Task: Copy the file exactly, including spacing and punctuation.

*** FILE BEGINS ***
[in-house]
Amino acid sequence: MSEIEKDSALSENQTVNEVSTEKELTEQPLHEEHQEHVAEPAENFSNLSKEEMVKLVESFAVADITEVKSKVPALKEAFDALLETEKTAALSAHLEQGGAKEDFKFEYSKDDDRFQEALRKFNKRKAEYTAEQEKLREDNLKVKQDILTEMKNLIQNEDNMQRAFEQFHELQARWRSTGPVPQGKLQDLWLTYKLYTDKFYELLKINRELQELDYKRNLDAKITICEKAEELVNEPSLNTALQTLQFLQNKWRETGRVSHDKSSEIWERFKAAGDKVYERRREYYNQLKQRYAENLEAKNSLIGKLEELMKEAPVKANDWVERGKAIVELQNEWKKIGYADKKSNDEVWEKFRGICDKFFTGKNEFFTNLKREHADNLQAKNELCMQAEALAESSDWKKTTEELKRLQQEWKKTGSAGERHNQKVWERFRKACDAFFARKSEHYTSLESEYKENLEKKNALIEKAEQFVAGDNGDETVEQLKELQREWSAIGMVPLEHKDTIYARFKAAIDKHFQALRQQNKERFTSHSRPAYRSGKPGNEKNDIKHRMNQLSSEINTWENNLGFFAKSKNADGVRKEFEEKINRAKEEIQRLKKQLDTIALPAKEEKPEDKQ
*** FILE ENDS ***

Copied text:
[in-house]
Amino acid sequence: MSEIEKDSALSENQTVNEVSTEKELTEQPLHEEHQEHVAEPAENFSNLSKEEMVKLVESFAVADITEVKSKVPALKEAFDALLETEKTAALSAHLEQGGAKEDFKFEYSKDDDRFQEALRKFNKRKAEYTAEQEKLREDNLKVKQDILTEMKNLIQNEDNMQRAFEQFHELQARWRSTGPVPQGKLQDLWLTYKLYTDKFYELLKINRELQELDYKRNLDAKITICEKAEELVNEPSLNTALQTLQFLQNKWRETGRVSHDKSSEIWERFKAAGDKVYERRREYYNQLKQRYAENLEAKNSLIGKLEELMKEAPVKANDWVERGKAIVELQNEWKKIGYADKKSNDEVWEKFRGICDKFFTGKNEFFTNLKREHADNLQAKNELCMQAEALAESSDWKKTTEELKRLQQEWKKTGSAGERHNQKVWERFRKACDAFFARKSEHYTSLESEYKENLEKKNALIEKAEQFVAGDNGDETVEQLKELQREWSAIGMVPLEHKDTIYARFKAAIDKHFQALRQQNKERFTSHSRPAYRSGKPGNEKNDIKHRMNQLSSEINTWENNLGFFAKSKNADGVRKEFEEKINRAKEEIQRLKKQLDTIALPAKEEKPEDKQ